textile artist ● costume designer
“Since I have been sewing for many years, thread to me has always been the element which connects the individual parts. Thread symbolizes connections. Even if the thread is not used to put separate parts physically together, it helps me connect myself to nature’s fragility and resilience.”
Now a resident of Nashville, TN, Rima Day grew up in Tokyo, Japan. After studying fashion design at Kuwasawa Design School, she moved to New York City to further her studies at Parsons School of Design. After working for years as a costumer for theater and ballet, she began experimenting with creating elaborate period Rococco-style dresses out of recycled blue jeans. These true works of art were exhibited widely and she began to pivot her work in textiles towards the creation of art.
She began embroidering red thread in the shape of intricate vessels and root systems onto white muslin objects, old photographs, and crafted books – which became her backdrop or canvas.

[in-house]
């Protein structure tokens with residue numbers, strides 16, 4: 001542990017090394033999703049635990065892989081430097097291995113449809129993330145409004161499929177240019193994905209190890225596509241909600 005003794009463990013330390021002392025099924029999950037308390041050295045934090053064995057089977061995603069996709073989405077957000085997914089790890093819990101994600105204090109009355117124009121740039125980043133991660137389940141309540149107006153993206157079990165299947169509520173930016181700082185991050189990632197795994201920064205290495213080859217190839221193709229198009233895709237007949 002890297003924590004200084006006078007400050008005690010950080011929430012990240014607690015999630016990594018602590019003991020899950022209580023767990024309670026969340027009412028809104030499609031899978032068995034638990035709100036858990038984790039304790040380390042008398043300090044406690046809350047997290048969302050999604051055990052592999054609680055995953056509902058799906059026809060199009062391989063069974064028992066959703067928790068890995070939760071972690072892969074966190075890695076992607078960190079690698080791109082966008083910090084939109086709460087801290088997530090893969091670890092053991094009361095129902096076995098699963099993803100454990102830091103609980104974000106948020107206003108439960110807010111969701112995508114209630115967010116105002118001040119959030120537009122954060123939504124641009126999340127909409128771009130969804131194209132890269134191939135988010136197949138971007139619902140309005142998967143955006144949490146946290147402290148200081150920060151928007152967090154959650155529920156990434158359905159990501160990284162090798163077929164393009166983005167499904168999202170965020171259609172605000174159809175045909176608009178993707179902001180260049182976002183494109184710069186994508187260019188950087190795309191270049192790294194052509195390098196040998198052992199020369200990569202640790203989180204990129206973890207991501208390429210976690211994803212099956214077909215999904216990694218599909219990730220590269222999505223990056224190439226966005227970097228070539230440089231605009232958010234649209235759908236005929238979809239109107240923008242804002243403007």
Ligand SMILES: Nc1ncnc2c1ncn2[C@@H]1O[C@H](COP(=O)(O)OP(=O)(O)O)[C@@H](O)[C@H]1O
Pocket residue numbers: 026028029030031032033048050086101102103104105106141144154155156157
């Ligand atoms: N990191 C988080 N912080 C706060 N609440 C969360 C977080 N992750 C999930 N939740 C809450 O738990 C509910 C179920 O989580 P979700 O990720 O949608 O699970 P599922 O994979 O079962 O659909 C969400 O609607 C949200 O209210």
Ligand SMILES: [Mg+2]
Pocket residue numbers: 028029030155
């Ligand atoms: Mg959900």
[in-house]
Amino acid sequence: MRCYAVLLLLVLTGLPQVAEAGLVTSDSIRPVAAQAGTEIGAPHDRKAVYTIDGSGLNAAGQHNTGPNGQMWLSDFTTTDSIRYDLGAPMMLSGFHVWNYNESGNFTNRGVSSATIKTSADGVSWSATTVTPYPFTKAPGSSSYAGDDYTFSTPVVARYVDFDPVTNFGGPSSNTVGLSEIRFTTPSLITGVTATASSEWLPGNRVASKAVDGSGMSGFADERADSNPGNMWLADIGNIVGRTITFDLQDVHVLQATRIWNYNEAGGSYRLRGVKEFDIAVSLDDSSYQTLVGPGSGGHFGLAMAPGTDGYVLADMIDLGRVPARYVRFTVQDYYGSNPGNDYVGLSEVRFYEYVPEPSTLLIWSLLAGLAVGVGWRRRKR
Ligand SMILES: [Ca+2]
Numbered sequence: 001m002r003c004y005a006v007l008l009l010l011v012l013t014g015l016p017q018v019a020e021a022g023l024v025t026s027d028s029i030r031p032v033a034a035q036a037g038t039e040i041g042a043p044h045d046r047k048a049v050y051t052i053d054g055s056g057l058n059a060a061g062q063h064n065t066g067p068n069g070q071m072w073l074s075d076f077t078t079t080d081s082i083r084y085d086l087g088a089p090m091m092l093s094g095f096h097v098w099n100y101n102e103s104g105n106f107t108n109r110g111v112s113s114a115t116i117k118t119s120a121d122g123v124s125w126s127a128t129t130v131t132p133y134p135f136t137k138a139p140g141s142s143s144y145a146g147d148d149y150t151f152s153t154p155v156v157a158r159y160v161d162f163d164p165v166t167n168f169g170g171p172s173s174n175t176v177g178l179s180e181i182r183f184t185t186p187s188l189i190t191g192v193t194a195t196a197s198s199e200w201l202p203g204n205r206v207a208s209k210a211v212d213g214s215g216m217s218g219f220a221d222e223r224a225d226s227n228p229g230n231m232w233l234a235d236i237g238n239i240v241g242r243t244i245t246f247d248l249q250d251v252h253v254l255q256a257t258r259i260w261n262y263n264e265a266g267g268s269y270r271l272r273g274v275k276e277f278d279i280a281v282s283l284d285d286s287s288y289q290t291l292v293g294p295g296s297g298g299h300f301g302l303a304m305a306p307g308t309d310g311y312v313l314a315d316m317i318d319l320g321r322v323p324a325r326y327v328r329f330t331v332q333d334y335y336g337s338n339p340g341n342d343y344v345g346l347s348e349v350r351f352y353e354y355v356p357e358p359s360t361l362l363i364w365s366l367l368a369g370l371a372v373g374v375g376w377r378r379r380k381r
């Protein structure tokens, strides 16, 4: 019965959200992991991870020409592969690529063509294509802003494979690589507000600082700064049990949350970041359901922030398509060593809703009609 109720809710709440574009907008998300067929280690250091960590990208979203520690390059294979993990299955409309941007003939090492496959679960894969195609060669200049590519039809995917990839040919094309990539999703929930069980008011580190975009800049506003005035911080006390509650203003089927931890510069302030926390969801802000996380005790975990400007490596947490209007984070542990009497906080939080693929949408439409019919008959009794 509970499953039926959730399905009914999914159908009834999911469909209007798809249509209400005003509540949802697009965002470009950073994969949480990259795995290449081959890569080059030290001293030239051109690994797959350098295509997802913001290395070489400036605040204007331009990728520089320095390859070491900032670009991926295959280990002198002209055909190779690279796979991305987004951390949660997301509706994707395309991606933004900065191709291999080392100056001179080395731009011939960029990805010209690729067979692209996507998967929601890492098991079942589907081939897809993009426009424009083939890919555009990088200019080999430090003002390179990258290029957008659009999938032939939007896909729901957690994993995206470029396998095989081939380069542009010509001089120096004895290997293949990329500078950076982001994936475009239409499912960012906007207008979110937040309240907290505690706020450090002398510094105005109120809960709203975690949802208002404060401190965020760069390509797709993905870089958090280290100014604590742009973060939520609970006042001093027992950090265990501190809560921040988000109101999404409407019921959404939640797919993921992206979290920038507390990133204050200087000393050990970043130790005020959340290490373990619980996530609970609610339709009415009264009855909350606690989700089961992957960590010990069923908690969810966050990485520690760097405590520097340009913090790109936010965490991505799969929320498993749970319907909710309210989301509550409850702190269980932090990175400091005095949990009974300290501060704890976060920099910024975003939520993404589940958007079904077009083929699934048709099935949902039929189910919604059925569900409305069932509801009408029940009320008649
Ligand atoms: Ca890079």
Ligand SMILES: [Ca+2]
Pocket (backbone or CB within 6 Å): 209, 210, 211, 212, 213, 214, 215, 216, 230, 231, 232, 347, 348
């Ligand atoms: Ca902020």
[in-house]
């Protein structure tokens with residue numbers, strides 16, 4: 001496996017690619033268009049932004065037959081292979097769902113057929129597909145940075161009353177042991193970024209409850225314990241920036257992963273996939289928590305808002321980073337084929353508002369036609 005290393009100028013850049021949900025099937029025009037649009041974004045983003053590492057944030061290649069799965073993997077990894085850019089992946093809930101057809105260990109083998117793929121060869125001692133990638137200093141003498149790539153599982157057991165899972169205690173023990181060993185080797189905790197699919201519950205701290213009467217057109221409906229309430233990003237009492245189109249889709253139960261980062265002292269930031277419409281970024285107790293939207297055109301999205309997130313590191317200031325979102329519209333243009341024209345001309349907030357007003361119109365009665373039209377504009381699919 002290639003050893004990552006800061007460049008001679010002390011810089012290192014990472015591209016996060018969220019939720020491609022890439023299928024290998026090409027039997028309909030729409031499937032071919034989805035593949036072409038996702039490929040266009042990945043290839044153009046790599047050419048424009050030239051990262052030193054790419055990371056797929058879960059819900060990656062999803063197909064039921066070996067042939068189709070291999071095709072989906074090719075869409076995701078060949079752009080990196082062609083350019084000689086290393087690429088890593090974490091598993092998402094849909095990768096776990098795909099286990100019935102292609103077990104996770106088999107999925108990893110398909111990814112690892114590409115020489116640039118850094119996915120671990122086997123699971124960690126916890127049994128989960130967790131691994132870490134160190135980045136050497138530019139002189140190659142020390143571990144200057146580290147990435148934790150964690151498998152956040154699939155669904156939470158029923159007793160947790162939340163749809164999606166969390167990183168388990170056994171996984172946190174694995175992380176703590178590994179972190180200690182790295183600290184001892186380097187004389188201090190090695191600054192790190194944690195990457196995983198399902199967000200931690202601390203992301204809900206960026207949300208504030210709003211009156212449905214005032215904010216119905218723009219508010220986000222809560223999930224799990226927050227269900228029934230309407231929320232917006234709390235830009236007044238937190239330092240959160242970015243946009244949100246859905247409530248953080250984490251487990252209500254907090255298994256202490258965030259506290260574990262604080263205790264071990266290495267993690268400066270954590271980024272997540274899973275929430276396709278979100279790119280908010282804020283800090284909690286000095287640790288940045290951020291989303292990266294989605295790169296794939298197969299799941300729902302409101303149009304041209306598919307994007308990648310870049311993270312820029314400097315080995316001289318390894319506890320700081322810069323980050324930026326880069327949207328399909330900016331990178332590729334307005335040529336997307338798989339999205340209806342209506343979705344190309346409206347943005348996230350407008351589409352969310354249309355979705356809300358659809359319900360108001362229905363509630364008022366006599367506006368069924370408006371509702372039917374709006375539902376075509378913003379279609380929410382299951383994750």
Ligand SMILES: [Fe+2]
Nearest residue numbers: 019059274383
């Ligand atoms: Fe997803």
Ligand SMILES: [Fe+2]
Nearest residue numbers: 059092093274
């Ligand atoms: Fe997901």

This technique was inspired by the Japanese Senninbari custom which translates to “one thousand people’s stitch.” The tradition involves women making red threaded knots on a piece of clothing of a male relative who is going off to war. Rima says “I was very taken by the notion of how making knots becomes a wish for someone’s well-being.”
“Perhaps, the hanging threads in my work are my attempt to establish a connection with the world.“
Links for Further Exploration
- Artist website
- Artist instagram
- Colossal article (2023): Using Red Thread, Rima Day Intertwines History, Nature, and Human Experience in Striking Embroideries
- Colossal article (2021): Knotted Systems of Red Thread Dangle from Fabric Books and Letters by Rima Day
- Mr XStitch Interview with Rima Day
- Denim projct with Levis for AAPI Heritage Month (2023)
Invitation to Creativity
Connecting the threads….
Threads that connect….
As knitters or crocheters, we know all about the importance of connections. Of connecting stitches, one to the other, to build a strong, comforting fabric. We need connections. And people need to feel and be connected to one another.
We’ve included some postcards in your Creativity box. Not everyone still uses snailmail these days, but few people don’t enjoy receiving a spontaneous “hello.” A postcard only needs a word or two, but you can include a collage or drawing with a quote or message that conveys Connection. Save a few blank postcards for a later project (or make more out of cardstock).